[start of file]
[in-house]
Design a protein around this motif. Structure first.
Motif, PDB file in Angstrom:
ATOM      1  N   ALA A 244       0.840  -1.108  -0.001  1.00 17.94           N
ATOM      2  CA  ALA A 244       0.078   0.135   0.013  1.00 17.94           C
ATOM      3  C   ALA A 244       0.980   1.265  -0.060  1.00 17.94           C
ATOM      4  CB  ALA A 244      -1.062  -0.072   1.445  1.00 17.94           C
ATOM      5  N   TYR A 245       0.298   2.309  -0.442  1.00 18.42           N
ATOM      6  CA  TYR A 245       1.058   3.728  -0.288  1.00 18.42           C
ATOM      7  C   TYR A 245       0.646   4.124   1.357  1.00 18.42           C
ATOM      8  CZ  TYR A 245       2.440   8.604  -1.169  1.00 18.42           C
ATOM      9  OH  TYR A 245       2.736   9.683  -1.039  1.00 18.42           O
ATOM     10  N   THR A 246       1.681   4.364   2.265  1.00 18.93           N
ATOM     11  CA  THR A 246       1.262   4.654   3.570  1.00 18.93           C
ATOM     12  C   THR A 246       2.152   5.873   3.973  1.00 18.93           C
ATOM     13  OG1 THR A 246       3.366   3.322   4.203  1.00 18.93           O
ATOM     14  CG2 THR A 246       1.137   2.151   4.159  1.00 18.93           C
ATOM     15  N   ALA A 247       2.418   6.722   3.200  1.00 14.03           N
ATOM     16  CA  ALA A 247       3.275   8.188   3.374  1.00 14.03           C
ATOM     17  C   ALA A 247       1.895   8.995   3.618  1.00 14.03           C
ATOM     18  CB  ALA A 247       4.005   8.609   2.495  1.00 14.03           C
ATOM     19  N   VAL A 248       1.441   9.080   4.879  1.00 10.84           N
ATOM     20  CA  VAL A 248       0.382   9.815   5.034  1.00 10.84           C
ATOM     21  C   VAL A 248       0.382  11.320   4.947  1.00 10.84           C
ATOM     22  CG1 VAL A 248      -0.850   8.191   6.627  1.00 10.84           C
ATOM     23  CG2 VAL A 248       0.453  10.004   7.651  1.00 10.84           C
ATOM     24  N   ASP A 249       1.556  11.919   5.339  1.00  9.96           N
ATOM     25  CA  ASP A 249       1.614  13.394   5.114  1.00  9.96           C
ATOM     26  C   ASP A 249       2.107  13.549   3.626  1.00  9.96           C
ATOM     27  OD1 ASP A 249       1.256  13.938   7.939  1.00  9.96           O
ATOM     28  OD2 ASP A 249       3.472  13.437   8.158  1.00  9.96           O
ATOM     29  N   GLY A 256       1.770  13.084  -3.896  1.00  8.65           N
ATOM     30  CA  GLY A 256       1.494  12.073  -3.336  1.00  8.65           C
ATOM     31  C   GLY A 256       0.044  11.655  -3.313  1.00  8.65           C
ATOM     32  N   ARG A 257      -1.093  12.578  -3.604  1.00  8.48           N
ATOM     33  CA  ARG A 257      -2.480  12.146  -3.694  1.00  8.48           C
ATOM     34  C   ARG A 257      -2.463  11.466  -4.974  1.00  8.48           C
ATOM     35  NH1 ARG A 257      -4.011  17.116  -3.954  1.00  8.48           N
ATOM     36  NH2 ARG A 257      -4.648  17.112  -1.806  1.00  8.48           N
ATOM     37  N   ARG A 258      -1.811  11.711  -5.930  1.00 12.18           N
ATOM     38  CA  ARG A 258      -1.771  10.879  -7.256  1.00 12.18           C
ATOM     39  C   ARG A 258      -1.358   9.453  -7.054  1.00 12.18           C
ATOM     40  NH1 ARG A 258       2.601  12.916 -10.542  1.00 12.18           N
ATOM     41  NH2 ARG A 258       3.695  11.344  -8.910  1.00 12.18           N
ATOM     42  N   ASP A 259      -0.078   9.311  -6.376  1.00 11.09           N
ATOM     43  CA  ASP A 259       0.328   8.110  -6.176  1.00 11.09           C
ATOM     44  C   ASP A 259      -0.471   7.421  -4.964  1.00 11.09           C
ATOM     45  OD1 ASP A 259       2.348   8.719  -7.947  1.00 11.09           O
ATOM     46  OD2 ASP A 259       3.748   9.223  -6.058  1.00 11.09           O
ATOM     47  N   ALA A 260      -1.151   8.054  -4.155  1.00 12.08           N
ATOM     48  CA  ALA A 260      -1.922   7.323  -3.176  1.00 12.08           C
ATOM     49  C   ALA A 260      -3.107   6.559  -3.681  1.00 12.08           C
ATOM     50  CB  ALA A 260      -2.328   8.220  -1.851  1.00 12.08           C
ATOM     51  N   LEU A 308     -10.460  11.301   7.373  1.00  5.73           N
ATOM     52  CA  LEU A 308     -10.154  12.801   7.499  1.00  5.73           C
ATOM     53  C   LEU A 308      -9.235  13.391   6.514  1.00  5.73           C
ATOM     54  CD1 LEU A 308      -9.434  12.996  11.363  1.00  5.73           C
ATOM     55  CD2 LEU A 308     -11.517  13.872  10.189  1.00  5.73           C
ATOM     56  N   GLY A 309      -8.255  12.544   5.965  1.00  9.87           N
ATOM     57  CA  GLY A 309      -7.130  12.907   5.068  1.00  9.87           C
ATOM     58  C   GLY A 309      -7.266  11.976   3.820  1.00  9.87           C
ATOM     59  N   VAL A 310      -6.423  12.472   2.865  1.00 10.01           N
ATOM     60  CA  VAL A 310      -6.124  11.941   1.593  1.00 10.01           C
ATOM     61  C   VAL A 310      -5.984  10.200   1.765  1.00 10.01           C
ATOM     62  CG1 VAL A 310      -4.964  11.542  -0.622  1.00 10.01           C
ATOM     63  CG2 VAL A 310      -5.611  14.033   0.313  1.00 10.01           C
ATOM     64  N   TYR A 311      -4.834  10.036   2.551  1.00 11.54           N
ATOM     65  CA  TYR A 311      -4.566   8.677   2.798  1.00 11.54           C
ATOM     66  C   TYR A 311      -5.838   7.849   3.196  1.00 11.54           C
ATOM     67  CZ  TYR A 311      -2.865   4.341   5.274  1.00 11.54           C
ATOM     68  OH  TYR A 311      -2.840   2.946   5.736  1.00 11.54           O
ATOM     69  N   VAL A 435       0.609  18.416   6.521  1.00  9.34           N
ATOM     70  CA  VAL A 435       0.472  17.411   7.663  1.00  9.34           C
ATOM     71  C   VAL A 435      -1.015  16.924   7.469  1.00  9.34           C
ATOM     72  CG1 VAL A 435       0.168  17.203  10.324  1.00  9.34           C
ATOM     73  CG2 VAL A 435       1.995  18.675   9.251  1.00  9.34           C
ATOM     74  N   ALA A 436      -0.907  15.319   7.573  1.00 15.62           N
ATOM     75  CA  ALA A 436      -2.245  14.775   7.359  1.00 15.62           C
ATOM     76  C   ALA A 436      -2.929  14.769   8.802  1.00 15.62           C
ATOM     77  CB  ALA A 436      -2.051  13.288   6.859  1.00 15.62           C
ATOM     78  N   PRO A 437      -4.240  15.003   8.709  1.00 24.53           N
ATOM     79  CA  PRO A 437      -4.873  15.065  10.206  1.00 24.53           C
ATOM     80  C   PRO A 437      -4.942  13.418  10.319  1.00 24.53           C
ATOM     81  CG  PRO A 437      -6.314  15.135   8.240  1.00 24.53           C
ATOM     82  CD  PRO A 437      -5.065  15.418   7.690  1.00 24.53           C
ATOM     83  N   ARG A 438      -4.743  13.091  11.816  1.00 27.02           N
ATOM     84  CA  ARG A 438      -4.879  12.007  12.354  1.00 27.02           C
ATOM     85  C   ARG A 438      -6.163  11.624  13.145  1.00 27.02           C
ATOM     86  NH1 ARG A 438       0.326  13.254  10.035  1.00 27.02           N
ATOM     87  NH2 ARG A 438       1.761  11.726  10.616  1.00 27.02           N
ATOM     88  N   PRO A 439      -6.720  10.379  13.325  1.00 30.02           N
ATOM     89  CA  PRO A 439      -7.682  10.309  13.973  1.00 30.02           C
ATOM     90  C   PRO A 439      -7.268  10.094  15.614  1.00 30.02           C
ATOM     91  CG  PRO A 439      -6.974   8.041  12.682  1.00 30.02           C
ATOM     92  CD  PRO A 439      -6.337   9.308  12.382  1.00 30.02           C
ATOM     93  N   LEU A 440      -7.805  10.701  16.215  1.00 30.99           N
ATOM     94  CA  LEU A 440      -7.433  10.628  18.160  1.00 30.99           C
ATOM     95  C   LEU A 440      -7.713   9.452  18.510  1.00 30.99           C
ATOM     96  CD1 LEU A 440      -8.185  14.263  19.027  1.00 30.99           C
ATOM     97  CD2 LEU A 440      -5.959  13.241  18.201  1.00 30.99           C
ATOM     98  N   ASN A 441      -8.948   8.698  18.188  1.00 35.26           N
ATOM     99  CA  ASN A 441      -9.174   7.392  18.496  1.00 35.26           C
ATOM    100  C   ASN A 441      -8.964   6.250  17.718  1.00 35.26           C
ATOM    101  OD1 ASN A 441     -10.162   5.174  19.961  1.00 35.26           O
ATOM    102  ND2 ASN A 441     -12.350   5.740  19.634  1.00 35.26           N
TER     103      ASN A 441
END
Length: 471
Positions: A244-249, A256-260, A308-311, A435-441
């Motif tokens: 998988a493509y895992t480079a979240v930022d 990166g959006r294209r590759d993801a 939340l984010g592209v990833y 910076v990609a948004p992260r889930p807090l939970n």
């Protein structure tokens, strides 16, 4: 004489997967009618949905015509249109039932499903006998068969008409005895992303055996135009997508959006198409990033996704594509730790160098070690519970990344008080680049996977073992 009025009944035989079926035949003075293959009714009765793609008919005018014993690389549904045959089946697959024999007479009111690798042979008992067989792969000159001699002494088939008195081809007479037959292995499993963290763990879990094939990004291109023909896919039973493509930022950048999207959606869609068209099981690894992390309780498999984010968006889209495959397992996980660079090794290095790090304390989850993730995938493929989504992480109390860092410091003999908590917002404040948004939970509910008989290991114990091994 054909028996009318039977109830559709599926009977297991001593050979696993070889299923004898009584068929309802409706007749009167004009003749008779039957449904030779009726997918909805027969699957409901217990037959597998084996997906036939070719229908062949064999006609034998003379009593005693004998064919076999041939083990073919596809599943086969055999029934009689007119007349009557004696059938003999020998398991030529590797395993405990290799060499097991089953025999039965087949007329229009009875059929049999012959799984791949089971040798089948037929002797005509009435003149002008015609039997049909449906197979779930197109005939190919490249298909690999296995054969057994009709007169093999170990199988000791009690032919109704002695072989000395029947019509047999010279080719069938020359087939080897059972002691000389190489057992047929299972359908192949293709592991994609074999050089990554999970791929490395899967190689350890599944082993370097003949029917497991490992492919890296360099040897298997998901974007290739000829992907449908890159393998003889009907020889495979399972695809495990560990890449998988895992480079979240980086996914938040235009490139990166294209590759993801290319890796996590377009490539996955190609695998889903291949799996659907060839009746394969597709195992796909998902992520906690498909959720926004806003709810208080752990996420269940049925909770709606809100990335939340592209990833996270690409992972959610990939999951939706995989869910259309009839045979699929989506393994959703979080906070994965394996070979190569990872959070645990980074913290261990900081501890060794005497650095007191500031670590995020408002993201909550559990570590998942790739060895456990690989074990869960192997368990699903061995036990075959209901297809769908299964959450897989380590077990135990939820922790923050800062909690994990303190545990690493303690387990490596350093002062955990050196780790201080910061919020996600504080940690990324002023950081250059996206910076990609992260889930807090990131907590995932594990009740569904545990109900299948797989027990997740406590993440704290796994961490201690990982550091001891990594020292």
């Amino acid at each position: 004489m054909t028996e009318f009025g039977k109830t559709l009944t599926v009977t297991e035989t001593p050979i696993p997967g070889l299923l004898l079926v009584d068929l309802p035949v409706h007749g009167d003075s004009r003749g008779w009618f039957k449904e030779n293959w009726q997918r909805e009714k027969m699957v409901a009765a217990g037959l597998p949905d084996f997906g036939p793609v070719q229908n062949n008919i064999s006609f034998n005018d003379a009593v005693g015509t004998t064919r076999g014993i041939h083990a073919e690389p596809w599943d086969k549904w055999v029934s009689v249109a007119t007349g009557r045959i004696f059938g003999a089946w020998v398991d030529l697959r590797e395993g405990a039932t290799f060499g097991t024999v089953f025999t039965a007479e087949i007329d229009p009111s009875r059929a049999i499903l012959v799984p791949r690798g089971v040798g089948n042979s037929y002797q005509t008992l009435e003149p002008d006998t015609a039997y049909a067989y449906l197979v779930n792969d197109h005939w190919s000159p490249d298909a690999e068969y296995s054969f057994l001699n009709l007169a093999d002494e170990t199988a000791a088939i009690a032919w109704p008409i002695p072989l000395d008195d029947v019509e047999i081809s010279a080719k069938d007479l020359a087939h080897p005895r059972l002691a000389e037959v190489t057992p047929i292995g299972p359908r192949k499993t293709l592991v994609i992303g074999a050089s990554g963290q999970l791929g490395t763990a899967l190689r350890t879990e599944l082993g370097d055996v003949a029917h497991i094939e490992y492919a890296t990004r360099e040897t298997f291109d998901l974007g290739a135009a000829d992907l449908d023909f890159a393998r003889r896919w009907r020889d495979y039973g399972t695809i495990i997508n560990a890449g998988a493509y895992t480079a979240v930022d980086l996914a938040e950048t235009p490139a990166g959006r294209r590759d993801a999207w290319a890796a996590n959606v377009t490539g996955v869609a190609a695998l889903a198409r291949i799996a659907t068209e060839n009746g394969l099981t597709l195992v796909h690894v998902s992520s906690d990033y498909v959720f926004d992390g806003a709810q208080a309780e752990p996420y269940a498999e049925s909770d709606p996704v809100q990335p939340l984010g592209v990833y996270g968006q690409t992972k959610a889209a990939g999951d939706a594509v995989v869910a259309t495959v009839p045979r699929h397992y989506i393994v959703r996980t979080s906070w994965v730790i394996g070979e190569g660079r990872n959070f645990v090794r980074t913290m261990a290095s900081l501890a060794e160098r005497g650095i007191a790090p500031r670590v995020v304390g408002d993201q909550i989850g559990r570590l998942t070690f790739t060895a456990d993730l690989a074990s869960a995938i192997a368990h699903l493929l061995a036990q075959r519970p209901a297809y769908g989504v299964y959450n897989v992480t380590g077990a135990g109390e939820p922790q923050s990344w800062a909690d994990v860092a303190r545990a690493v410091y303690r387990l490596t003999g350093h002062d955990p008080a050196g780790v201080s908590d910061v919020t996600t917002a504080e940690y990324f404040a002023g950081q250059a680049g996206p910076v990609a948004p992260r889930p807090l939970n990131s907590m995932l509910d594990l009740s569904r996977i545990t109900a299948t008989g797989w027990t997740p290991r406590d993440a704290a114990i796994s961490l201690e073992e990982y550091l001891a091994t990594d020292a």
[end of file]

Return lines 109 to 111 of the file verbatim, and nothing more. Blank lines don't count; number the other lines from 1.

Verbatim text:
Positions: A244-249, A256-260, A308-311, A435-441
């Motif tokens: 998988a493509y895992t480079a979240v930022d 990166g959006r294209r590759d993801a 939340l984010g592209v990833y 910076v990609a948004p992260r889930p807090l939970n």
């Protein structure tokens, strides 16, 4: 004489997967009618949905015509249109039932499903006998068969008409005895992303055996135009997508959006198409990033996704594509730790160098070690519970990344008080680049996977073992 009025009944035989079926035949003075293959009714009765793609008919005018014993690389549904045959089946697959024999007479009111690798042979008992067989792969000159001699002494088939008195081809007479037959292995499993963290763990879990094939990004291109023909896919039973493509930022950048999207959606869609068209099981690894992390309780498999984010968006889209495959397992996980660079090794290095790090304390989850993730995938493929989504992480109390860092410091003999908590917002404040948004939970509910008989290991114990091994 054909028996009318039977109830559709599926009977297991001593050979696993070889299923004898009584068929309802409706007749009167004009003749008779039957449904030779009726997918909805027969699957409901217990037959597998084996997906036939070719229908062949064999006609034998003379009593005693004998064919076999041939083990073919596809599943086969055999029934009689007119007349009557004696059938003999020998398991030529590797395993405990290799060499097991089953025999039965087949007329229009009875059929049999012959799984791949089971040798089948037929002797005509009435003149002008015609039997049909449906197979779930197109005939190919490249298909690999296995054969057994009709007169093999170990199988000791009690032919109704002695072989000395029947019509047999010279080719069938020359087939080897059972002691000389190489057992047929299972359908192949293709592991994609074999050089990554999970791929490395899967190689350890599944082993370097003949029917497991490992492919890296360099040897298997998901974007290739000829992907449908890159393998003889009907020889495979399972695809495990560990890449998988895992480079979240980086996914938040235009490139990166294209590759993801290319890796996590377009490539996955190609695998889903291949799996659907060839009746394969597709195992796909998902992520906690498909959720926004806003709810208080752990996420269940049925909770709606809100990335939340592209990833996270690409992972959610990939999951939706995989869910259309009839045979699929989506393994959703979080906070994965394996070979190569990872959070645990980074913290261990900081501890060794005497650095007191500031670590995020408002993201909550559990570590998942790739060895456990690989074990869960192997368990699903061995036990075959209901297809769908299964959450897989380590077990135990939820922790923050800062909690994990303190545990690493303690387990490596350093002062955990050196780790201080910061919020996600504080940690990324002023950081250059996206910076990609992260889930807090990131907590995932594990009740569904545990109900299948797989027990997740406590993440704290796994961490201690990982550091001891990594020292």